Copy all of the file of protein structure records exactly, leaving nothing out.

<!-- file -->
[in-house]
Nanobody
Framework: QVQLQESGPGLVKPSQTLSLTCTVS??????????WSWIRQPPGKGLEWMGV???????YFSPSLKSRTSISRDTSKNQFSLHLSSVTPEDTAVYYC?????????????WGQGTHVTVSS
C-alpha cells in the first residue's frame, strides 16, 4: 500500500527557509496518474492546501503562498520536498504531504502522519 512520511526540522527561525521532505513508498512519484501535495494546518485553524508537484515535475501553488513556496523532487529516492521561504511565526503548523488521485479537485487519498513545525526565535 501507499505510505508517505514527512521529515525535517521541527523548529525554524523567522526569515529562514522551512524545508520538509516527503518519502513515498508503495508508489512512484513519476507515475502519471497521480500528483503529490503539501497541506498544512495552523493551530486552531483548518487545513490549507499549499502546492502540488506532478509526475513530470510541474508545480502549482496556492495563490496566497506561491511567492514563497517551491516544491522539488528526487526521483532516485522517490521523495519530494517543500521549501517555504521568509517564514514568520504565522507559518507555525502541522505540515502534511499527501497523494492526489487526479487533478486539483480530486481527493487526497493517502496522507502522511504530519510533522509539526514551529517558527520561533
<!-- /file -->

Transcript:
[in-house]
Nanobody
Framework: QVQLQESGPGLVKPSQTLSLTCTVS??????????WSWIRQPPGKGLEWMGV???????YFSPSLKSRTSISRDTSKNQFSLHLSSVTPEDTAVYYC?????????????WGQGTHVTVSS
C-alpha cells in the first residue's frame, strides 16, 4: 500500500527557509496518474492546501503562498520536498504531504502522519 512520511526540522527561525521532505513508498512519484501535495494546518485553524508537484515535475501553488513556496523532487529516492521561504511565526503548523488521485479537485487519498513545525526565535 501507499505510505508517505514527512521529515525535517521541527523548529525554524523567522526569515529562514522551512524545508520538509516527503518519502513515498508503495508508489512512484513519476507515475502519471497521480500528483503529490503539501497541506498544512495552523493551530486552531483548518487545513490549507499549499502546492502540488506532478509526475513530470510541474508545480502549482496556492495563490496566497506561491511567492514563497517551491516544491522539488528526487526521483532516485522517490521523495519530494517543500521549501517555504521568509517564514514568520504565522507559518507555525502541522505540515502534511499527501497523494492526489487526479487533478486539483480530486481527493487526497493517502496522507502522511504530519510533522509539526514551529517558527520561533